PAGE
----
I appreciated this article in the Washington Post. As evident in Sarah Palin's reaction to First Lady Michelle Obama's initiative to combat childhood obesity, the issue of helping overweight children is a touchy one -- especially for parents.
But rather than blame the parents or claim that they are in denial, this article got to the heart of the matter: it is hard to parent an overweight child. On the one hand, a parent may feel concern about a child's weight, especially if the doctor says something. On the other hand, he or she may not want to say anything for fear of damaging the child's self esteem.
"We really emphasize to the parents that the most important thing is to keep the focus on their child’s health, not their weight," Mackey said. "The last thing we want is for parents to push weight dissatisfaction on kids and have kids feel bad about the way they look." For a young child, these emotions, especially if combined with parental disapproval or disappointment, can be overwhelming.
Mackey said researchers have found that focusing specifically on weight loss rarely works for children and can trigger a vicious cycle in which distressed children turn to a reliable source of comfort: food.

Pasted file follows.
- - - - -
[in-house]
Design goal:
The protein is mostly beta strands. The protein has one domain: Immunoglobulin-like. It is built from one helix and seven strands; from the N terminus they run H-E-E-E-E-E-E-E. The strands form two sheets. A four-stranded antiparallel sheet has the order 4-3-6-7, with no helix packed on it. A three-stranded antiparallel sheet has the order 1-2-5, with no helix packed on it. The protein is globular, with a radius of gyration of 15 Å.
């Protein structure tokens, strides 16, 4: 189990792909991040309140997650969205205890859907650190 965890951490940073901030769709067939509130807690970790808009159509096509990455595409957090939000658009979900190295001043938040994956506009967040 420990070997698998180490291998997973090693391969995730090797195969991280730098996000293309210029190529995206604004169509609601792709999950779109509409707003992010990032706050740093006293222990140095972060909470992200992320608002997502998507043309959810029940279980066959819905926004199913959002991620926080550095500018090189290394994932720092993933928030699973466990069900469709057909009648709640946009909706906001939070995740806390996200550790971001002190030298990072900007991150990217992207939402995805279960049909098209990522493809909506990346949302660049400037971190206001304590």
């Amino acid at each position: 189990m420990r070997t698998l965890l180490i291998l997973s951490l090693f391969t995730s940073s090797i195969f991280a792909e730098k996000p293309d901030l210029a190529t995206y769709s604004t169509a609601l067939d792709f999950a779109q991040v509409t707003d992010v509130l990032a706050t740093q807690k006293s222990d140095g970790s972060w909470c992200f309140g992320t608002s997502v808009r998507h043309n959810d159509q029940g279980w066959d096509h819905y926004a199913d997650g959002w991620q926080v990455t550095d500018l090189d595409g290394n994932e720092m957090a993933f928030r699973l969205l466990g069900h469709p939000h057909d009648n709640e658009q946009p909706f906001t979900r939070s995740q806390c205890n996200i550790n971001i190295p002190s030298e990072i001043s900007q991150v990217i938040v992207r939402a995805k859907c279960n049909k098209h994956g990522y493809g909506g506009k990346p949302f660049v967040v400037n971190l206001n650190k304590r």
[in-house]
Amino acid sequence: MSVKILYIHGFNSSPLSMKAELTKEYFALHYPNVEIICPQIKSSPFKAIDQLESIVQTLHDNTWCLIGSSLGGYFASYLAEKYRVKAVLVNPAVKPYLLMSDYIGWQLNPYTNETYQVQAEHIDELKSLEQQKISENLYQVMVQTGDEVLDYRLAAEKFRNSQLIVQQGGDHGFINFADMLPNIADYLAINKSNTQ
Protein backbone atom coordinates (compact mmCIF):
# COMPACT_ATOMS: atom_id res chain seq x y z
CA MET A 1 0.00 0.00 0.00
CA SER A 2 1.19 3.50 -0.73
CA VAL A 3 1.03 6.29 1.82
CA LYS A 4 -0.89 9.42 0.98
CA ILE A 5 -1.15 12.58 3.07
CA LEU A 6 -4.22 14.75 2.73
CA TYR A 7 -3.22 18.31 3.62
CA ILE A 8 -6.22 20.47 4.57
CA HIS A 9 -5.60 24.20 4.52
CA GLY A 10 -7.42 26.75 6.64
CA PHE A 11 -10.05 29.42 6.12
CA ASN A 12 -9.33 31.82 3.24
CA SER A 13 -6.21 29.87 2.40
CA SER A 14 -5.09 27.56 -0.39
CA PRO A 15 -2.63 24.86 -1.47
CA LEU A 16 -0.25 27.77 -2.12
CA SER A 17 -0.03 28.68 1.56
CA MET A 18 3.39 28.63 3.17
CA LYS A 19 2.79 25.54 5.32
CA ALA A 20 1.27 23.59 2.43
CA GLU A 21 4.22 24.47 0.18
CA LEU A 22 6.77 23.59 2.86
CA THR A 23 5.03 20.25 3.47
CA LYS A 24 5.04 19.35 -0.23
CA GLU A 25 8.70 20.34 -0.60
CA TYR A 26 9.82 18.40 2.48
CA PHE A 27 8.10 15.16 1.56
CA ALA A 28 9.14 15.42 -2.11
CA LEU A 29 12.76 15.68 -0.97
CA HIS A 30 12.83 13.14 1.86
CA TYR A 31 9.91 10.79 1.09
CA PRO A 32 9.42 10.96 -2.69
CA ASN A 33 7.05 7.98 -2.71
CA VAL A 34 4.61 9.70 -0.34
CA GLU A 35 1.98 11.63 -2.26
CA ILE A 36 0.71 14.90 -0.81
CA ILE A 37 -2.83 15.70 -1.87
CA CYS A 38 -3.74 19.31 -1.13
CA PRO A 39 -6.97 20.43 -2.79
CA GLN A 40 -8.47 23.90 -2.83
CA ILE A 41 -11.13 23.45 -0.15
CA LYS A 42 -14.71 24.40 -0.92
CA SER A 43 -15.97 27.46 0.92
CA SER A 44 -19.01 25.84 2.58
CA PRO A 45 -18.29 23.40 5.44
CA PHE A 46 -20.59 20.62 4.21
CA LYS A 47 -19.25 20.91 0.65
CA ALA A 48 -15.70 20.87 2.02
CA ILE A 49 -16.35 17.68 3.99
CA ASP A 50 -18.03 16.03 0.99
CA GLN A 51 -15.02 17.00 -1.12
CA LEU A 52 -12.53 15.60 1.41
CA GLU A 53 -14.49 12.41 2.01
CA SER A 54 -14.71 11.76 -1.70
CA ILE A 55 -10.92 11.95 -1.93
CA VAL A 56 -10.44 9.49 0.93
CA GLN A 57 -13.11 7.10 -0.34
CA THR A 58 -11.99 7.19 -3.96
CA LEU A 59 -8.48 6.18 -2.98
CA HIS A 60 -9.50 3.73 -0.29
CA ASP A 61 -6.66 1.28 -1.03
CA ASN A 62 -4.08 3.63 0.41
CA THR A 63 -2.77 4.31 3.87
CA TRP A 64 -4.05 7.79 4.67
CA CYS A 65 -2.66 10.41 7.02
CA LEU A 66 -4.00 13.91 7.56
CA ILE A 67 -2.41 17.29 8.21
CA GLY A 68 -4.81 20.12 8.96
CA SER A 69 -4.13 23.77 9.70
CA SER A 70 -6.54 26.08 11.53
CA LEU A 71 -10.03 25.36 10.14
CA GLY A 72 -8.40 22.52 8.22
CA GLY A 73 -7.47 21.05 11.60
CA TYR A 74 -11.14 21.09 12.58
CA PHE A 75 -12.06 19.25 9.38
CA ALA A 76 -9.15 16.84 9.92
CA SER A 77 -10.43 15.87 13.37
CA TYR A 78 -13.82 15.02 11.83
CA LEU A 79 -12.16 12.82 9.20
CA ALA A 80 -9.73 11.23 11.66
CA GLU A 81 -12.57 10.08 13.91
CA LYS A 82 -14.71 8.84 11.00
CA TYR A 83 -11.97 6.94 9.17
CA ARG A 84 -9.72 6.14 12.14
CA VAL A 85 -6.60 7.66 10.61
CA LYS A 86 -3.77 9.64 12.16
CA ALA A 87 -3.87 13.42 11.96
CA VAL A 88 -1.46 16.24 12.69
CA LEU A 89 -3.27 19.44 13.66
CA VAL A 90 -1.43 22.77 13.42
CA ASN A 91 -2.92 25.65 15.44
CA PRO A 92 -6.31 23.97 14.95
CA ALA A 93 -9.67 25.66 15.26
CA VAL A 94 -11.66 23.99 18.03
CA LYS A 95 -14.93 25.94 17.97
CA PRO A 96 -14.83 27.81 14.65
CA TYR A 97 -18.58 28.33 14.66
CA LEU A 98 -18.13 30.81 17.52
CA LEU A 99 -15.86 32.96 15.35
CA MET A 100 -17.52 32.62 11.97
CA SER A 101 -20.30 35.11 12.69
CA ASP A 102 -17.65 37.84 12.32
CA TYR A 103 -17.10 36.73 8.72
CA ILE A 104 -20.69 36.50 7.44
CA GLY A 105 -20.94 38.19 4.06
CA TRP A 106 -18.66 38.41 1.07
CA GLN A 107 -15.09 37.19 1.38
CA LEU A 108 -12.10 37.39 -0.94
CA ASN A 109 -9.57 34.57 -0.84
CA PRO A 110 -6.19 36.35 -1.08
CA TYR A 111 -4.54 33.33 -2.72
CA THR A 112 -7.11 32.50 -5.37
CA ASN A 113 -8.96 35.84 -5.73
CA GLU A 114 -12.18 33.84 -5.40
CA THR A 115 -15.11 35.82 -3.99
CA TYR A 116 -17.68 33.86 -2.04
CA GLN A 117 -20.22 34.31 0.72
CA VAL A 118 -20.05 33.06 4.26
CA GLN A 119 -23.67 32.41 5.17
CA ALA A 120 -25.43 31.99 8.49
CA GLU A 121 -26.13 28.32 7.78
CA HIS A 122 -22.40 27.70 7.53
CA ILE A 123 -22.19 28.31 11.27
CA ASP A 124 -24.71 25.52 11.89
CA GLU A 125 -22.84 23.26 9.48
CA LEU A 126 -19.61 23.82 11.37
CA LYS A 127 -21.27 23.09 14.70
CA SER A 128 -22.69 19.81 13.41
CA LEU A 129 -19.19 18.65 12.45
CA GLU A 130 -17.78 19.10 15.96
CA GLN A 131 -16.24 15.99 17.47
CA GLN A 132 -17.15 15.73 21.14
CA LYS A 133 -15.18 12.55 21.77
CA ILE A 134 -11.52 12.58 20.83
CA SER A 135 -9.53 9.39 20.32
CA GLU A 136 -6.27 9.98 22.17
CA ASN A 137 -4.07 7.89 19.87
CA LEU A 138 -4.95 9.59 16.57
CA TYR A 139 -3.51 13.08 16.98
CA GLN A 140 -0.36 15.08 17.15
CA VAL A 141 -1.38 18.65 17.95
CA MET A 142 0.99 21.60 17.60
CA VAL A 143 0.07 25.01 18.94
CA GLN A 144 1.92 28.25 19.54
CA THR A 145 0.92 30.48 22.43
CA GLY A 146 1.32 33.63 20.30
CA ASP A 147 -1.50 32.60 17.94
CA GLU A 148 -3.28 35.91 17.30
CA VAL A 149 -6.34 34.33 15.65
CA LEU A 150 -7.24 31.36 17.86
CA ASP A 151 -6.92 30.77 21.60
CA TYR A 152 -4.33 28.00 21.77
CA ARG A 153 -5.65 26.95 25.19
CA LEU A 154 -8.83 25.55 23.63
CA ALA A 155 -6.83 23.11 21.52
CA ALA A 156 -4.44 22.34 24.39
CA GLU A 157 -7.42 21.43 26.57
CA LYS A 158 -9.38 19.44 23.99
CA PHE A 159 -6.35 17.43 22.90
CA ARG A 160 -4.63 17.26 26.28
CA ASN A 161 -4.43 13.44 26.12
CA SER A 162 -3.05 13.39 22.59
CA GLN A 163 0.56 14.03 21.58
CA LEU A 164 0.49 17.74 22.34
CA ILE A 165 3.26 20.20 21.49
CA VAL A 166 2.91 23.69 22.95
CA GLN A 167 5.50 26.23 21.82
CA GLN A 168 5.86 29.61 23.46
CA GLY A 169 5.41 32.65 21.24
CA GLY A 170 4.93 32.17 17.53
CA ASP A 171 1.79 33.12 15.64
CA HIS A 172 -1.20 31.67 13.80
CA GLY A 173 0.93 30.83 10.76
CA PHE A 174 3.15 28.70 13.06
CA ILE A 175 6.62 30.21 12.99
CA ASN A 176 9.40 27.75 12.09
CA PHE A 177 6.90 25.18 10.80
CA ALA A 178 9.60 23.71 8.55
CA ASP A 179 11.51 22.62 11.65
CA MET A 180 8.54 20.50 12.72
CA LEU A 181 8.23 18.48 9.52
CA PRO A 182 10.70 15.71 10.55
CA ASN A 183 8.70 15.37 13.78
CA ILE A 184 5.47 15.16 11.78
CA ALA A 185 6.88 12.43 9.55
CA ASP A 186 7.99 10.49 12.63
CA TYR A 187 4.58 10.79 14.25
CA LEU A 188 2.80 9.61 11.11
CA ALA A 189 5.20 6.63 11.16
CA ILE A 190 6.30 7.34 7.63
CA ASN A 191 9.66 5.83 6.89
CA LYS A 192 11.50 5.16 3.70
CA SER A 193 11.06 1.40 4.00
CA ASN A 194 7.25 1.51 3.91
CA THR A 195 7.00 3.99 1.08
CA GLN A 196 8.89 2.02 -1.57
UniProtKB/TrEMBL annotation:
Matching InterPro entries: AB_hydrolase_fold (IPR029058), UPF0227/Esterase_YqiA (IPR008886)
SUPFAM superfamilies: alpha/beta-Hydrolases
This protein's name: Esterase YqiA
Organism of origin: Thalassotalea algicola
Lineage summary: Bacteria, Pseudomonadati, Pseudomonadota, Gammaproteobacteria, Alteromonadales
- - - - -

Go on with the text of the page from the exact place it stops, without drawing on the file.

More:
Instead, she advises parents to say, "I really love you, and you have one body and one brain in this life, and I want you to take care of yourself," and then discuss ways to be healthier, including an improved diet.
Hectoring a child can cause lasting harm. Mirza recalls the svelte mother who proclaimed, in front of her 5-year-old daughter, "She’s so obese." The little girl burst into tears, lamenting that she was fat and ugly. “They had been hammering at her at home," Mirza said.
Talking about a child’s weight in front of the child can "cause an over-focus on what the number means and on appearance," said Washington nutritionist Elizabeth Davenport.
Davenport cautions that while parents need to be aware of a healthful weight, they shouldn’t overreact. Before a growth spurt or puberty, many children and preteens put on extra pounds, which come off as they mature. "It ends up evening out," she said.
Of course, I wish these articles would also address any environmental reasons for the spike in childhood obesity rates in recent years. This article in Newsweek left a lasting impression on me.
But geez I feel for these parents. I know this is touchy subject, but have any of you had to deal with this issue? How did you help your children?